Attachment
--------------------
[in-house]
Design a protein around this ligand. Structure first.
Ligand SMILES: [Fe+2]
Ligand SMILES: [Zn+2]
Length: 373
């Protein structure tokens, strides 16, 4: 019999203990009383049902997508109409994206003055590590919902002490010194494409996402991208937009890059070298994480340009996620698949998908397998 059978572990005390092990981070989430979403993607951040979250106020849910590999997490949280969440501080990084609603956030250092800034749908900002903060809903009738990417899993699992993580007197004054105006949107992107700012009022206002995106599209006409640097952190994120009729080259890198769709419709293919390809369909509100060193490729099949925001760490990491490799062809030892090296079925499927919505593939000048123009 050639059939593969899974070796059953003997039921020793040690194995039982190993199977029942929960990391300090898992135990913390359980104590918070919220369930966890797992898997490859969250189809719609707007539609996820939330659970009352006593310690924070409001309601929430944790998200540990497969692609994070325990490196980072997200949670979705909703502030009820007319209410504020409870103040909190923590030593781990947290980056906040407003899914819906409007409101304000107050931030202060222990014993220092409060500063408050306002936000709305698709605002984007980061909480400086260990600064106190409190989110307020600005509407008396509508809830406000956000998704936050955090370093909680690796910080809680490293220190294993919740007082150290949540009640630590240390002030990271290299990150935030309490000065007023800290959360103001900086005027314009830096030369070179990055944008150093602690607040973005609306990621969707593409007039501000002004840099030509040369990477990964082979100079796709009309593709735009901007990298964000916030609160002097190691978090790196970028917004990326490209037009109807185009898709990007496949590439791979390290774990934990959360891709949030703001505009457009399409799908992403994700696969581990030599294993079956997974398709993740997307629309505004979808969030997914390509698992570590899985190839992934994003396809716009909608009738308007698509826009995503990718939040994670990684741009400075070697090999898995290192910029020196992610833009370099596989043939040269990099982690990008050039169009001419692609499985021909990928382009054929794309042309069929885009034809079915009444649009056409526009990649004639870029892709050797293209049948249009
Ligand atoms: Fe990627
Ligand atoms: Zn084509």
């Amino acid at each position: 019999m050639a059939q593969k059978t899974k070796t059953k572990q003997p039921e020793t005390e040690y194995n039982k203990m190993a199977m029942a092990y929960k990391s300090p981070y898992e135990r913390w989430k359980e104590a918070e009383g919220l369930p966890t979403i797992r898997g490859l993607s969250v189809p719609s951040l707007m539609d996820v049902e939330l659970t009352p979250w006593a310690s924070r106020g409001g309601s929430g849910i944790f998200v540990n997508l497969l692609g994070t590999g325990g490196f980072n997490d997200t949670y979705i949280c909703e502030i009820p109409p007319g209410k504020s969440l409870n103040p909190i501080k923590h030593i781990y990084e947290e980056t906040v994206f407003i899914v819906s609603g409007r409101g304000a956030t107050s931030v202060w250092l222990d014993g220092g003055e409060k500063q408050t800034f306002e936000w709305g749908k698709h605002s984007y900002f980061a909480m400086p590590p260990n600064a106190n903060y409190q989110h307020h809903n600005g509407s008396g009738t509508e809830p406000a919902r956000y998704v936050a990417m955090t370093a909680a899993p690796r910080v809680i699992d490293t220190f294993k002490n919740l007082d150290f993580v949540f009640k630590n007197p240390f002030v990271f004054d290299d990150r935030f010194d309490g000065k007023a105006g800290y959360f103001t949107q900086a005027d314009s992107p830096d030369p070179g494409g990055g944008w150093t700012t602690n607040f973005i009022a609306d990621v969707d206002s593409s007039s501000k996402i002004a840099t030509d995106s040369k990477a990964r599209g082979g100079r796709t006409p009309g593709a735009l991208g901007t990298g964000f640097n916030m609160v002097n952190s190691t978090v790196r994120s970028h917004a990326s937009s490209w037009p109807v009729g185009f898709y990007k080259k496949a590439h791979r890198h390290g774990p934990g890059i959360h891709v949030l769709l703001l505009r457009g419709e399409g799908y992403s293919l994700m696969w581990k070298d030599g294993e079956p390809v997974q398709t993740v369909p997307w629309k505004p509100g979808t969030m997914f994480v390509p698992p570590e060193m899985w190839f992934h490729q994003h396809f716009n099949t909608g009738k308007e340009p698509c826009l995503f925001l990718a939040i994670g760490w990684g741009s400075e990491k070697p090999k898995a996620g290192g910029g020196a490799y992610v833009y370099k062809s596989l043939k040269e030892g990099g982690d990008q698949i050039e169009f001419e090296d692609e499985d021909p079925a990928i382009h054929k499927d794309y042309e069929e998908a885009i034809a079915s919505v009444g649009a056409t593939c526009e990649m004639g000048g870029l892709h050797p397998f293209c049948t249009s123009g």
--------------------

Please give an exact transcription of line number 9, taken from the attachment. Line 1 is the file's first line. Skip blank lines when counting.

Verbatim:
């Amino acid at each position: 019999m050639a059939q593969k059978t899974k070796t059953k572990q003997p039921e020793t005390e040690y194995n039982k203990m190993a199977m029942a092990y929960k990391s300090p981070y898992e135990r913390w989430k359980e104590a918070e009383g919220l369930p966890t979403i797992r898997g490859l993607s969250v189809p719609s951040l707007m539609d996820v049902e939330l659970t009352p979250w006593a310690s924070r106020g409001g309601s929430g849910i944790f998200v540990n997508l497969l692609g994070t590999g325990g490196f980072n997490d997200t949670y979705i949280c909703e502030i009820p109409p007319g209410k504020s969440l409870n103040p909190i501080k923590h030593i781990y990084e947290e980056t906040v994206f407003i899914v819906s609603g409007r409101g304000a956030t107050s931030v202060w250092l222990d014993g220092g003055e409060k500063q408050t800034f306002e936000w709305g749908k698709h605002s984007y900002f980061a909480m400086p590590p260990n600064a106190n903060y409190q989110h307020h809903n600005g509407s008396g009738t509508e809830p406000a919902r956000y998704v936050a990417m955090t370093a909680a899993p690796r910080v809680i699992d490293t220190f294993k002490n919740l007082d150290f993580v949540f009640k630590n007197p240390f002030v990271f004054d290299d990150r935030f010194d309490g000065k007023a105006g800290y959360f103001t949107q900086a005027d314009s992107p830096d030369p070179g494409g990055g944008w150093t700012t602690n607040f973005i009022a609306d990621v969707d206002s593409s007039s501000k996402i002004a840099t030509d995106s040369k990477a990964r599209g082979g100079r796709t006409p009309g593709a735009l991208g901007t990298g964000f640097n916030m609160v002097n952190s190691t978090v790196r994120s970028h917004a990326s937009s490209w037009p109807v009729g185009f898709y990007k080259k496949a590439h791979r890198h390290g774990p934990g890059i959360h891709v949030l769709l703001l505009r457009g419709e399409g799908y992403s293919l994700m696969w581990k070298d030599g294993e079956p390809v997974q398709t993740v369909p997307w629309k505004p509100g979808t969030m997914f994480v390509p698992p570590e060193m899985w190839f992934h490729q994003h396809f716009n099949t909608g009738k308007e340009p698509c826009l995503f925001l990718a939040i994670g760490w990684g741009s400075e990491k070697p090999k898995a996620g290192g910029g020196a490799y992610v833009y370099k062809s596989l043939k040269e030892g990099g982690d990008q698949i050039e169009f001419e090296d692609e499985d021909p079925a990928i382009h054929k499927d794309y042309e069929e998908a885009i034809a079915s919505v009444g649009a056409t593939c526009e990649m004639g000048g870029l892709h050797p397998f293209c049948t249009s123009g």